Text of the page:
• 3.8 New definition of consumer harm

To overcome the problems competition authorities will face when privacy is to be assessed under competition law, the EDPS has proposed to develop a concept of consumer harm in cases where the control and choice of personal data is restricted by an incumbent. 171 Such a concept would account for risks to privacy and would not merely focus on competitive effects.

As I have mentioned before, consumer harm under EU competition law focuses mainly on a decrease in wealth due to an increase in prices. Social welfare and consumer welfare, however, entail much more than just wealth expressed in prices. Wealth also covers increases or decreases in quality or innovation as recognized by the ECJ in Post Danmark. 172 These concepts are much harder to measure. The meaning of social welfare is thus not self- explanatory and has even resulted in contradictory reasoning by the Commission and courts.

Consumer harm arises only when competitors of an incumbent are ‘prevented from bringing innovative goods or services to market and/or where follow-on innovation is likely to be stifled’ due to a refusal to supply. 173 Due to the non-rivalrous nature of personal data, the real problem seems to lie in the fact that smaller market players are kept from the right algorithms or techniques, not so much from the data itself. To include privacy harm in the definition of

  • 171 (EDPS, 2014), para 4.

  • 172 ECJ in Post Danmark, para. 22.

  • 173 Enforcement Priorities in Applying Article 102 TFEU to Abusive Exclusionary Conduct by Dominant Undertakings, OJ C 45, 24.2.2009, para. 71.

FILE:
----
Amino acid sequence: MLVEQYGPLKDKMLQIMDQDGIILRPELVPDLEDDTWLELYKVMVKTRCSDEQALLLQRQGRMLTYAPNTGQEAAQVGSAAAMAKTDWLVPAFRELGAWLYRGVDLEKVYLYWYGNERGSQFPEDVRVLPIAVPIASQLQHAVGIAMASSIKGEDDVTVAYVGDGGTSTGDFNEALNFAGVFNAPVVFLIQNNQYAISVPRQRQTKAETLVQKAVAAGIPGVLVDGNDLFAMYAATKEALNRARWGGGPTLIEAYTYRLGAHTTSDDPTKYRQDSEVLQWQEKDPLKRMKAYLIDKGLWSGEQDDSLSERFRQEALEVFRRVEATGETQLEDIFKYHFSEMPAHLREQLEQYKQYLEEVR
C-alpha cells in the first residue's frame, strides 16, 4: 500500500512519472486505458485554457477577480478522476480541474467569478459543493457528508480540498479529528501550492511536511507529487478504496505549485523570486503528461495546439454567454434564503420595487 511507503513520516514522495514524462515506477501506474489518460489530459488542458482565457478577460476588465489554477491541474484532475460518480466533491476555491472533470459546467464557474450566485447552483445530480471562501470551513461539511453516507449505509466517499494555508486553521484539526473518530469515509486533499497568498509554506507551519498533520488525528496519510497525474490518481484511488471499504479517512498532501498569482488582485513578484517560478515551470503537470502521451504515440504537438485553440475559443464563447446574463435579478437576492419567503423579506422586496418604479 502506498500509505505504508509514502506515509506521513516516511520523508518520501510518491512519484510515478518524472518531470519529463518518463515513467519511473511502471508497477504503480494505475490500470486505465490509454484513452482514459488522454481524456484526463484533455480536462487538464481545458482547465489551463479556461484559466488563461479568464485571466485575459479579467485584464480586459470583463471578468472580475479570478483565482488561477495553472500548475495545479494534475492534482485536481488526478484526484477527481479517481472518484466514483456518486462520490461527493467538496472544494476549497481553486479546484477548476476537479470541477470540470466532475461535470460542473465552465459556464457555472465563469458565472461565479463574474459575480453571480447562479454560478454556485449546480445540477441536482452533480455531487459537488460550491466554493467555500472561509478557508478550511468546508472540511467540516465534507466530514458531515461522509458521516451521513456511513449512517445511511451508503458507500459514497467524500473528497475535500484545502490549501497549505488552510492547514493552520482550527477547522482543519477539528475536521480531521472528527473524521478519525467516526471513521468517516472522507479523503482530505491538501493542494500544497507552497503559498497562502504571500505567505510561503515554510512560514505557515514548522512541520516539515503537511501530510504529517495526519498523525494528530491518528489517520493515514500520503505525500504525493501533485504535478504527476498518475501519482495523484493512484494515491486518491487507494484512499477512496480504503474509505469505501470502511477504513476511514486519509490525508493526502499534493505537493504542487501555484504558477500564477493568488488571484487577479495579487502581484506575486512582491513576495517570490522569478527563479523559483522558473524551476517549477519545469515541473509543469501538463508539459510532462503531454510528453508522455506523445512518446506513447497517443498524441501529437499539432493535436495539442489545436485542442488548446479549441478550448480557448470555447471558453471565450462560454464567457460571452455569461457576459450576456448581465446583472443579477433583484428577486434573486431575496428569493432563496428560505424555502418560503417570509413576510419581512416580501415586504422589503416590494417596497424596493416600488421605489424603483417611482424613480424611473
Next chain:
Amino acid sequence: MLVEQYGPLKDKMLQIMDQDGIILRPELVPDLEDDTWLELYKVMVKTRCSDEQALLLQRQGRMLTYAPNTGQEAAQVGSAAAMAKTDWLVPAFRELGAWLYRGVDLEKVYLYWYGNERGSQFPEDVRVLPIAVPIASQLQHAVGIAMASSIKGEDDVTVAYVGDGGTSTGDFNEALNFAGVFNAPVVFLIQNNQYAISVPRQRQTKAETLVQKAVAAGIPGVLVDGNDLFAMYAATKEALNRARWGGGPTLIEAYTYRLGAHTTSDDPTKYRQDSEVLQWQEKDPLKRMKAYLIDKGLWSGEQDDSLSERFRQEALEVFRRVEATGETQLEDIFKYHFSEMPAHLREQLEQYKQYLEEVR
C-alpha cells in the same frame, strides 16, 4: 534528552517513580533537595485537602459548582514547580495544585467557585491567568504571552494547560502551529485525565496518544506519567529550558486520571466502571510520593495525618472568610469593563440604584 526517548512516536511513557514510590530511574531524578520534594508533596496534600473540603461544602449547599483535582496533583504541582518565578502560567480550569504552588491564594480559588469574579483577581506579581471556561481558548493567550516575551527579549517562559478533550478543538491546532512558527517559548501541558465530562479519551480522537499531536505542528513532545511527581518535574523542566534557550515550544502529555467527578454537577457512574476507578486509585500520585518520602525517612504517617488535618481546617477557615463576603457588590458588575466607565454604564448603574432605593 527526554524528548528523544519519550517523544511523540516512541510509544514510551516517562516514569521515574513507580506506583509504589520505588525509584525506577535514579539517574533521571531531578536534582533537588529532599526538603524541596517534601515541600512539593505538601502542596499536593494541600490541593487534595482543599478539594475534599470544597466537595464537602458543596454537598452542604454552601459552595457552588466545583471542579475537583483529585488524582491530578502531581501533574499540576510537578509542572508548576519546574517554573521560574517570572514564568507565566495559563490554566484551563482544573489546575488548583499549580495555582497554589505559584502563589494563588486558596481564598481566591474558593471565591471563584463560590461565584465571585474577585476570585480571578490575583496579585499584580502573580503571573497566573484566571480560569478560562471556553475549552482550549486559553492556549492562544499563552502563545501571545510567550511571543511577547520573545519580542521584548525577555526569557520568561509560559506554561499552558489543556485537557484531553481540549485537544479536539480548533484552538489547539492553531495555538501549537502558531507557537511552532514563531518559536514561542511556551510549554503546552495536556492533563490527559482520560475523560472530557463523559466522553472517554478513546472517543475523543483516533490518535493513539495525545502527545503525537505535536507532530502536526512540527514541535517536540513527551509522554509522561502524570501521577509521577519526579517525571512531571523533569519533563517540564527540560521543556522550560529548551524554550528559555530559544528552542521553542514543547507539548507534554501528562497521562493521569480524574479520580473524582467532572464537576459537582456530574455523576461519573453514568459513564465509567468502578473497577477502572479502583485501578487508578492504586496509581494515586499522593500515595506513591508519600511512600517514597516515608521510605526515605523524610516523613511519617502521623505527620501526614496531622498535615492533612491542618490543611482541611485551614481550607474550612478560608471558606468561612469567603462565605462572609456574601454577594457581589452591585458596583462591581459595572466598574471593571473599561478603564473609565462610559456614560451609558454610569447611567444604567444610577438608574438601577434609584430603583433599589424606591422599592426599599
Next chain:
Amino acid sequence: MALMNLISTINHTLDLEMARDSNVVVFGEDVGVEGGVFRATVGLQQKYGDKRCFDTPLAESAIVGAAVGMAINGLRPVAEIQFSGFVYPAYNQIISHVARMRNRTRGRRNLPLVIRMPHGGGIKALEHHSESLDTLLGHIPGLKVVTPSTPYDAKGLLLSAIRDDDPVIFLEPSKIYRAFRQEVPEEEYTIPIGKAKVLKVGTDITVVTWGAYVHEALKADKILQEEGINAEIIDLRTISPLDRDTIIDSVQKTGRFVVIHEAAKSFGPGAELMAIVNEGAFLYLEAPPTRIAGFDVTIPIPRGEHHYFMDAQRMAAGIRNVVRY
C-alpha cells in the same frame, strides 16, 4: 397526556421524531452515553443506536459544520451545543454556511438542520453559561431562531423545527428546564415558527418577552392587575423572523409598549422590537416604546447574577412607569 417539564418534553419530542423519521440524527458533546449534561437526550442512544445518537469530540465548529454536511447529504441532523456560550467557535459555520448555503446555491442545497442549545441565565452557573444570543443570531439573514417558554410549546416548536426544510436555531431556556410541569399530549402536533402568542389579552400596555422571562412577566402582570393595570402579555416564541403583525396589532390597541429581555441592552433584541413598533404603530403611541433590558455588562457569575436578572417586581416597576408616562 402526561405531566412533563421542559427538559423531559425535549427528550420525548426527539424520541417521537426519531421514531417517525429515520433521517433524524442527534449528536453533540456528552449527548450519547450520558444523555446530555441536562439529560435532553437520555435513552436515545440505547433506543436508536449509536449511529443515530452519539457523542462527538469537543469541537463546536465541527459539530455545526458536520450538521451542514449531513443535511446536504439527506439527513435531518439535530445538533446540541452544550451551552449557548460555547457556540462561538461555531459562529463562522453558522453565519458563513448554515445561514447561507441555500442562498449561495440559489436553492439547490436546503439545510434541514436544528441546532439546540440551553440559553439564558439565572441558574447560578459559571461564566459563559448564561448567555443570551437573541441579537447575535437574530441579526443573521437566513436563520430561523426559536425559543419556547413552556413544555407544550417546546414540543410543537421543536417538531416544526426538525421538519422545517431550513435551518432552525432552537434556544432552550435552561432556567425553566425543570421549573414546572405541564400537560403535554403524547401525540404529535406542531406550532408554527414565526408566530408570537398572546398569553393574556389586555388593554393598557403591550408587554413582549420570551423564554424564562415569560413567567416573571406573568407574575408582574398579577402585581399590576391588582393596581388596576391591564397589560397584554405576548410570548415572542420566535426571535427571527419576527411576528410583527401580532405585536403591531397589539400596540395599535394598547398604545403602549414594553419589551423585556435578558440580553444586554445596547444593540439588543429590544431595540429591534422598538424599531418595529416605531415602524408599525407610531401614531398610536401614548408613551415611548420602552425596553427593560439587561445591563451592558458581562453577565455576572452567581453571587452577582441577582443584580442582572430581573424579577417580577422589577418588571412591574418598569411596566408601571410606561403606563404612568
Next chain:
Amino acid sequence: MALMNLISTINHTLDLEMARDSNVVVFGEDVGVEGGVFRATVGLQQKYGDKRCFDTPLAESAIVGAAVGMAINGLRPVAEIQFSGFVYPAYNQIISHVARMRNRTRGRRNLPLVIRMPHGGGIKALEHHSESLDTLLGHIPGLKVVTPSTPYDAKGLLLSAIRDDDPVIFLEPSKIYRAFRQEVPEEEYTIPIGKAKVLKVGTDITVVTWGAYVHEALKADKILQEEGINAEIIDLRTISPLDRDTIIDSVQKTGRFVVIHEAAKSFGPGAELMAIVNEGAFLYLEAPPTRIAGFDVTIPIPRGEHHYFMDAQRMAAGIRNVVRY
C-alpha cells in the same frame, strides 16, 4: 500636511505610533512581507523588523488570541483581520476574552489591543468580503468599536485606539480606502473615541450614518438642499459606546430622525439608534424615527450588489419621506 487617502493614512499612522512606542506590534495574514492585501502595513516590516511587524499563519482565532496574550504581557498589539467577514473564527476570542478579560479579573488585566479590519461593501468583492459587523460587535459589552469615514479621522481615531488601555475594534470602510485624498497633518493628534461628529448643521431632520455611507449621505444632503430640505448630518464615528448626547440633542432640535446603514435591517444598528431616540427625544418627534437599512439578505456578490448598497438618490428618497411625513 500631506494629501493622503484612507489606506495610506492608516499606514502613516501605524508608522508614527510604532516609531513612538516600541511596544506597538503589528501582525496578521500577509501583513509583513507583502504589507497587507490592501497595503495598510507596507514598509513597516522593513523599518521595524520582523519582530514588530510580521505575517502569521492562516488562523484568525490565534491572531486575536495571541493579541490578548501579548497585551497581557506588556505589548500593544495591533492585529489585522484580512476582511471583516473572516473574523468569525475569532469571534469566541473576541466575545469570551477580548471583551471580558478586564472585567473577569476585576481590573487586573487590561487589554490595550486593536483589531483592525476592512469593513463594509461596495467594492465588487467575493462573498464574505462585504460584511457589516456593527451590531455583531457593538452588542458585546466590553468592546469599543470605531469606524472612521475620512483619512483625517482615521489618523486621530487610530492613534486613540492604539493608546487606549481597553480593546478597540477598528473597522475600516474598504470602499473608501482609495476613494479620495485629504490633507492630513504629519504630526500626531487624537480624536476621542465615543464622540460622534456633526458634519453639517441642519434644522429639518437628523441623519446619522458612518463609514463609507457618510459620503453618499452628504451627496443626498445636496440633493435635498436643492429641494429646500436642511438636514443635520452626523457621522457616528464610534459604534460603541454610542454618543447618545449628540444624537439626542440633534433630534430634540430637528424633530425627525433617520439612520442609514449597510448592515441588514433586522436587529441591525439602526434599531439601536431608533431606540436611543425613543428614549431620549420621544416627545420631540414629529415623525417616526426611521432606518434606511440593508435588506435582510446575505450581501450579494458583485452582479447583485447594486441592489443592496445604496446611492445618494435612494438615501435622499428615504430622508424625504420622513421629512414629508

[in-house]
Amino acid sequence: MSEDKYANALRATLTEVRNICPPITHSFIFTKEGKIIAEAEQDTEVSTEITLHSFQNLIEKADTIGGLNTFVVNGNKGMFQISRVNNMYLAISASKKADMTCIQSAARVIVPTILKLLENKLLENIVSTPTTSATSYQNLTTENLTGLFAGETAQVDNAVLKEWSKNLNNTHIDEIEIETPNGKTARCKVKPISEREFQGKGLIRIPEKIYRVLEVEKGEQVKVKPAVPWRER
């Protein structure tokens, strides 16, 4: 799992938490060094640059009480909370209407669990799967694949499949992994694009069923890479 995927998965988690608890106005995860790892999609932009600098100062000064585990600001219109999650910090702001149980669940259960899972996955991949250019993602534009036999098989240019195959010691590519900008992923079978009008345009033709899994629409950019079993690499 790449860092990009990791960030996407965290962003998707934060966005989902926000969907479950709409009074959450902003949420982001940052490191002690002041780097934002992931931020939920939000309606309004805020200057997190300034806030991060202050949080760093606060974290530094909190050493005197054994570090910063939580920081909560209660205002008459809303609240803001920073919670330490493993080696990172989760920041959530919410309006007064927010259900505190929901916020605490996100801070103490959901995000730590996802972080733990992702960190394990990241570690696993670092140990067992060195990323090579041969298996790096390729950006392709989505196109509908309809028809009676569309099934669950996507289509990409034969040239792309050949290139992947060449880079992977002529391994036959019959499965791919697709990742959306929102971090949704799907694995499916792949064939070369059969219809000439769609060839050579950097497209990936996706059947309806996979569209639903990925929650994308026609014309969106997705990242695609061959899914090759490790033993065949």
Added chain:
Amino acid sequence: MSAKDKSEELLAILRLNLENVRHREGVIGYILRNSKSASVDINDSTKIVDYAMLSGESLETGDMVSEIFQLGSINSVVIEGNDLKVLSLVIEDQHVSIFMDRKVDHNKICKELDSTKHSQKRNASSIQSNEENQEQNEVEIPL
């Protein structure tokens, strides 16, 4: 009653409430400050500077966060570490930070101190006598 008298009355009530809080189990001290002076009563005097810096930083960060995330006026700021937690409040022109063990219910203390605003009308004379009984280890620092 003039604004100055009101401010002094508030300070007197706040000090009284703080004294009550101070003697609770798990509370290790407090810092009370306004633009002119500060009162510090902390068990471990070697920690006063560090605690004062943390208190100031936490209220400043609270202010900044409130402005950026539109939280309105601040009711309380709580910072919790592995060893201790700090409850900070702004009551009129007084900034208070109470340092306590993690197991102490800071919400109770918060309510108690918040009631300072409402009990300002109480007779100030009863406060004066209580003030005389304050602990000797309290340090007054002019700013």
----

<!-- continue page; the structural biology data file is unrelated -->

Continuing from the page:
consumer harm would be detrimental to economic scope of competition law. In my eyes, broadening the scope is therefore undesirable. First of all, it could result in a full-fledged regulation. Competition authorities could be allowed to enforce all aspects of a market, competitive or not. The economic focus of competition law would become contested and its scope questionable. Not to mention that the rights as discussed in Chapter 2 ensure data subjects can exercise control over their personal data. Incumbents cannot escape their obligations under the Regulation. In addition, the right to data portability under the Regulation ensures that data subjects are not locked in with incumbents because the latter have their data. With the ability to take their data with them, data subjects have the choice to swift between competitors. Ultimately, as emphasized by the EDPS itself, it are the data subjects that ought to control to whom their data is transferred to.


The recognition of the instrumental and conceptual role of individual control over personal data is of the essence in a world of big data. With the approval of the Regulation, the EU has taken a significant step in enhancing the level of control data subjects can exercise over their own data. While giving back control is central to the Regulation, the importance and significance of big data analytics is also acknowledged.

Several authors have criticised the Regulation for being ‘unfit’ for a world of big data. The principles of minimality and purpose limitation would even be ‘antithetical’ to big data. The focus of these principles on limiting the collection and processing of data for specific and clear purposes would be contrary to the use and value of big data analytics. While I agree with the critics that the principles are, on first sight, outdated, they do not acknowledge the flexible nature of the principles.